Kelo Decision: Still the Worst Decision. Ever. The Reason for it is Moving Out.

November 11, 2009


The “takings” clause of the 5th Amendment to the US Constitution reads, “Private property shall NOT be taken for a public use without just compensation.”
The “public use” became “private” under Kelo in an expansion of the government’s ability to use eminent domain. Read below from the WSJ on the comments at the time from the Justices and reflect on how transitory and silly they seem now that Pfizer is moving out of New London, Connecticut. Fortunately for us in Oregon we’ve passed an anti Kelo measure (which the planning class continues to try to get around).


In 1997 Susette Kelo was a 40-year-old nurse going through a divorce when she scraped up enough money to buy her own home, an old cottage on the edge of an industrial neighborhood which overlooked New London, Connecticut’s seacoast. Weeks later Pfizer Inc., the world’s largest pharmaceutical company, announced plans to build its new global research and development headquarters right next door. To pave the way, the State of Connecticut put up $100 million to improve the area around Pfizer’s new facility. Through eminent domain, the City of New London was taking their homes. Desperate to save her house, she rallied her neighbors and waged an eight-year fight against a popular governor, a powerful corporation, and relentless city officials. Her struggle made national headlines and went all the way to the United States Supreme Court, where it brought about the Court’s most controversial decision since Roe v. Wade.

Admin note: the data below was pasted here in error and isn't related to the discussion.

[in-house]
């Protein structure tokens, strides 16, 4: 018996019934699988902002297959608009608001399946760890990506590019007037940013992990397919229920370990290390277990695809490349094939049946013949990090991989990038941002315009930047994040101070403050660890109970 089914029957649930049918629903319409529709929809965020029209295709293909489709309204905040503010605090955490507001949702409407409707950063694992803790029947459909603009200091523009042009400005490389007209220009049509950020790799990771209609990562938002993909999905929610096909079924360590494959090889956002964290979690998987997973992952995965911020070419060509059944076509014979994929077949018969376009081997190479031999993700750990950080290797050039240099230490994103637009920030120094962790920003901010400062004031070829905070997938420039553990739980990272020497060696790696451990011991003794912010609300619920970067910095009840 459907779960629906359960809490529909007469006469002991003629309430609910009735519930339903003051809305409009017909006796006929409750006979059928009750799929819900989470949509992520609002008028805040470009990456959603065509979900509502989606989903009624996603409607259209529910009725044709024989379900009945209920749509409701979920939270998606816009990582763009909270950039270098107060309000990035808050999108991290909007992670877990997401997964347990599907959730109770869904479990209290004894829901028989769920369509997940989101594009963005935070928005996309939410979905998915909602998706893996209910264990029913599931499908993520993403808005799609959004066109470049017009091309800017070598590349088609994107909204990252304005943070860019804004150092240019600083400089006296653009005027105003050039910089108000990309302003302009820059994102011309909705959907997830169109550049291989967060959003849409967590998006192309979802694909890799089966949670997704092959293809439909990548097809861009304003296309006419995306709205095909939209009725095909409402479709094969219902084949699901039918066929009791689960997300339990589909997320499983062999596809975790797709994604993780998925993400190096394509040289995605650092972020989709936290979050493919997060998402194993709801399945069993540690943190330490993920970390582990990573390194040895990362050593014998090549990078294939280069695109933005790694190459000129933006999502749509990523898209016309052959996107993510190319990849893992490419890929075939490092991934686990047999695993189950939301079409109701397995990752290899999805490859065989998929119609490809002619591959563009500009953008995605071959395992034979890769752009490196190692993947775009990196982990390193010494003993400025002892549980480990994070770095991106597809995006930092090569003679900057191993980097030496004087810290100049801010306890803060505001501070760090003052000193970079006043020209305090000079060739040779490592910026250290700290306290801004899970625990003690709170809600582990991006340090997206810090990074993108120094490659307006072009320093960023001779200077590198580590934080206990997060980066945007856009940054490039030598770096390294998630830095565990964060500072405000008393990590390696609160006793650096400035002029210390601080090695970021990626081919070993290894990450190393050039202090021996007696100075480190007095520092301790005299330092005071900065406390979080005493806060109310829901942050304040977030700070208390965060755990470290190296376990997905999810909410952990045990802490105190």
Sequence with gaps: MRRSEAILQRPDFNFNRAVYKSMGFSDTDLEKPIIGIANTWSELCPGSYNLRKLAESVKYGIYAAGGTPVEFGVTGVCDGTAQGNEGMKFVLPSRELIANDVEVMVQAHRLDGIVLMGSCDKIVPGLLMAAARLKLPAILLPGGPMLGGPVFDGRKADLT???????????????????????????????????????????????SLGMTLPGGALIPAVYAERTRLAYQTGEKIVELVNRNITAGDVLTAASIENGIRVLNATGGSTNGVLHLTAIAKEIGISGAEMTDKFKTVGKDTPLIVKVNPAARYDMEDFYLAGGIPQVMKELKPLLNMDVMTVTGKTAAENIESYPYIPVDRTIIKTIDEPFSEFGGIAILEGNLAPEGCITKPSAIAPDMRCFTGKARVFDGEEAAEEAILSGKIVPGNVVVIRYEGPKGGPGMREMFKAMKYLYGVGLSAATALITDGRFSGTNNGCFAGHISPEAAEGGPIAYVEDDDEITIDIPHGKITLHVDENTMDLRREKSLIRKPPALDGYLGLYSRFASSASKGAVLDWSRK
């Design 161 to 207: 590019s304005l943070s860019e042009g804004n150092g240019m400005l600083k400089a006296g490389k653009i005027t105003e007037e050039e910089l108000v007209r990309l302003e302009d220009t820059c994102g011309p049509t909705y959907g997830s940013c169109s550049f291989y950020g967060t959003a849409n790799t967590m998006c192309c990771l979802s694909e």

The Supreme Court’s 2005 decision in Kelo v. City of New London stands as one of the worst in recent years, handing local governments carte blanche to seize private property in the name of economic development. Now, four years after that decision gave Susette Kelo’s land to private developers for a project including a hotel and offices intended to enhance Pfizer Inc.’s nearby corporate facility, the pharmaceutical giant has announced it will close its research and development headquarters in New London, Connecticut.

 The very reason Supreme Court Justices gave for taking Kelo’s property and giving it to another private entity is now gone. From the Wall Street Journal,  “…the five Supreme Court Justices cited the development plan as a major factor in rationalizing their Kelo decision. Justice Anthony Kennedy called the plan “comprehensive,” while Justice John Paul Stevens insisted that “The city has carefully formulated a development plan that it believes will provide appreciable benefits to the community, including, but not limited to, new jobs and increased tax revenue.”
The 5 justices who supported taking Kelo’s property, Souter, Kennedy, Stevens, Ginsberg and Breyer.
The justices on the right side of this decision were, O’Connor, Rehnquist, Thomas and Scalia.

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